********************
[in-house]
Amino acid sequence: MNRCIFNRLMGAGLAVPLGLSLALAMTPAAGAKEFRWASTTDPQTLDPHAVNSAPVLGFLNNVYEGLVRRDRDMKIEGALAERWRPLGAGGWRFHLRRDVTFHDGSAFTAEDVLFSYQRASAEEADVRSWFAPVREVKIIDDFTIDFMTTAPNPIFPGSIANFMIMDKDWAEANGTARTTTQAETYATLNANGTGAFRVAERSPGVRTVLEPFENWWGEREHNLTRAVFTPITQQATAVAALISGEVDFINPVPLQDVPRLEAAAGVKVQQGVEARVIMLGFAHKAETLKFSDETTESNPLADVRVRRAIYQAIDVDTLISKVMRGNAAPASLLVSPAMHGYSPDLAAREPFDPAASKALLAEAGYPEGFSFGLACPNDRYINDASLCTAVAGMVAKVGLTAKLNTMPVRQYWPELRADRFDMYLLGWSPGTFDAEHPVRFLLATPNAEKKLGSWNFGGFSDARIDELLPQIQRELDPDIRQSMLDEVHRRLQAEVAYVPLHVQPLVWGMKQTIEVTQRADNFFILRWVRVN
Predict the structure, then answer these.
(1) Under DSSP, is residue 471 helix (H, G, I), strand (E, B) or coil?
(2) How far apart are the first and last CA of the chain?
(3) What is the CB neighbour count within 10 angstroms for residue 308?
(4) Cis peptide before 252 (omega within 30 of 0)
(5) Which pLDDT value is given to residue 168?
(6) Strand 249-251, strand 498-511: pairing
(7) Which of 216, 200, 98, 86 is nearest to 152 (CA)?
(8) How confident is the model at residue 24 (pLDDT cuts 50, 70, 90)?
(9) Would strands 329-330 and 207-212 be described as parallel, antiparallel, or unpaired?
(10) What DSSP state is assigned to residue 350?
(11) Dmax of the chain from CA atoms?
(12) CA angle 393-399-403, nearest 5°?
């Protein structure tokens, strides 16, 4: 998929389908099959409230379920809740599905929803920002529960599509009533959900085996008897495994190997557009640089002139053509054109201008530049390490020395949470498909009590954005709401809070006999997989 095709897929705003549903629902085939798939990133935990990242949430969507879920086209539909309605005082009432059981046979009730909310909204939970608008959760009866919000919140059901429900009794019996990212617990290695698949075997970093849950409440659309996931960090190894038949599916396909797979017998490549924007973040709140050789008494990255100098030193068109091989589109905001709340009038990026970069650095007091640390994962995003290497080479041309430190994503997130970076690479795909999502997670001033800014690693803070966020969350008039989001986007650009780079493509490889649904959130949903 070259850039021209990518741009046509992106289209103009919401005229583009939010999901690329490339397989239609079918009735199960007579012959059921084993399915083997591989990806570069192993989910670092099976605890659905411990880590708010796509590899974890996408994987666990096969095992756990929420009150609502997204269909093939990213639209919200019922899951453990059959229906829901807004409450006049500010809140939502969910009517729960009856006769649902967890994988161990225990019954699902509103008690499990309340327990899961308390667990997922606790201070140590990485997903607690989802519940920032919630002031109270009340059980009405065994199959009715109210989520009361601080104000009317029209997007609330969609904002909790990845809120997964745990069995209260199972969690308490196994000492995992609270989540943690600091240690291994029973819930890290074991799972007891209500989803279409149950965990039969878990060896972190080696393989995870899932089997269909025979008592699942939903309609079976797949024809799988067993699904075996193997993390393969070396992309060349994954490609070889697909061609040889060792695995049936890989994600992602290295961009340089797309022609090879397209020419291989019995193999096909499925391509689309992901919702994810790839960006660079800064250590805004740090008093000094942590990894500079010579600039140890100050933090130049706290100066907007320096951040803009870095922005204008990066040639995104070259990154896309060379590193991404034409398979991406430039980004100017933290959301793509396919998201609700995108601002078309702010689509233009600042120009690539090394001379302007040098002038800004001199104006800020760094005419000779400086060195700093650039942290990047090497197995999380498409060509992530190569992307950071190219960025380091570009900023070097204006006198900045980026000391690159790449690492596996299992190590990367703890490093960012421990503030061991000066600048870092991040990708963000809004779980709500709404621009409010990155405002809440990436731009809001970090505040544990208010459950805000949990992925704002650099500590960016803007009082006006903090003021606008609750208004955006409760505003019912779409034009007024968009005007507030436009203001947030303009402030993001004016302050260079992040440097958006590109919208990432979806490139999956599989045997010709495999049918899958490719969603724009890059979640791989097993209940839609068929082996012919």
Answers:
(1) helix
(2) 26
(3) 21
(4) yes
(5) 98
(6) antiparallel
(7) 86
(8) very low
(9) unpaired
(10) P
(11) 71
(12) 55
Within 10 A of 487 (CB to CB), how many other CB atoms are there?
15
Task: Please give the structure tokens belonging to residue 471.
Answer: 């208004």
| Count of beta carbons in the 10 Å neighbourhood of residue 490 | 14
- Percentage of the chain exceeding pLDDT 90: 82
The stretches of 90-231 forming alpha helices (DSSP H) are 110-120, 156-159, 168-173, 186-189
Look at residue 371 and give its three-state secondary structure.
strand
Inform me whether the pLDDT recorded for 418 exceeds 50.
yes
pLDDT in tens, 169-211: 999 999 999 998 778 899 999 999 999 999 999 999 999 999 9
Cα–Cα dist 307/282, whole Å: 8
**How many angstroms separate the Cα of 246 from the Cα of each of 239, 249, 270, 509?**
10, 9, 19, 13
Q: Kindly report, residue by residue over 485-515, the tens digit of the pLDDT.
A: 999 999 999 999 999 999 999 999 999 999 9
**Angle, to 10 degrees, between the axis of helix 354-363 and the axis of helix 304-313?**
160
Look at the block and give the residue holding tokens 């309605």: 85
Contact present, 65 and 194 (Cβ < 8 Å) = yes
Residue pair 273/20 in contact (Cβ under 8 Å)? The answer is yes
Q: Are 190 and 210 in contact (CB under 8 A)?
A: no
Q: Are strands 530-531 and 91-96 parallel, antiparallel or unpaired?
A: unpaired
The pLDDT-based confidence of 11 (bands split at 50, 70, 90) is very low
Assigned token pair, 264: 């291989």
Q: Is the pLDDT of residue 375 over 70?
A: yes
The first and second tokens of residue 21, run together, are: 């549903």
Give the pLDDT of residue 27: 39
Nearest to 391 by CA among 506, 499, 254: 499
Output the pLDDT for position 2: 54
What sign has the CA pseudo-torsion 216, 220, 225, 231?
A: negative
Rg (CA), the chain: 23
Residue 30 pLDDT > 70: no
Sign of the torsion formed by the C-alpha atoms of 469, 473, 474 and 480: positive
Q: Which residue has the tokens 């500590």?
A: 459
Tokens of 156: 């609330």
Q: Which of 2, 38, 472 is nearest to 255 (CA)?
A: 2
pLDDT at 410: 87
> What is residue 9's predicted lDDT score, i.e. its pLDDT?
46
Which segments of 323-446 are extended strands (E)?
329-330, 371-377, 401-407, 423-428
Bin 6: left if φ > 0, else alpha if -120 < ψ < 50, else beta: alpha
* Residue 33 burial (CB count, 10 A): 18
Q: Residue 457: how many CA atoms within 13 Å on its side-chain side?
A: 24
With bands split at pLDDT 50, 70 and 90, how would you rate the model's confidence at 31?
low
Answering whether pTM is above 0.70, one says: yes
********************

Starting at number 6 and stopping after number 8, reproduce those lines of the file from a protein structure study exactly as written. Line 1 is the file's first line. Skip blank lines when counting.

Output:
(3) What is the CB neighbour count within 10 angstroms for residue 308?
(4) Cis peptide before 252 (omega within 30 of 0)
(5) Which pLDDT value is given to residue 168?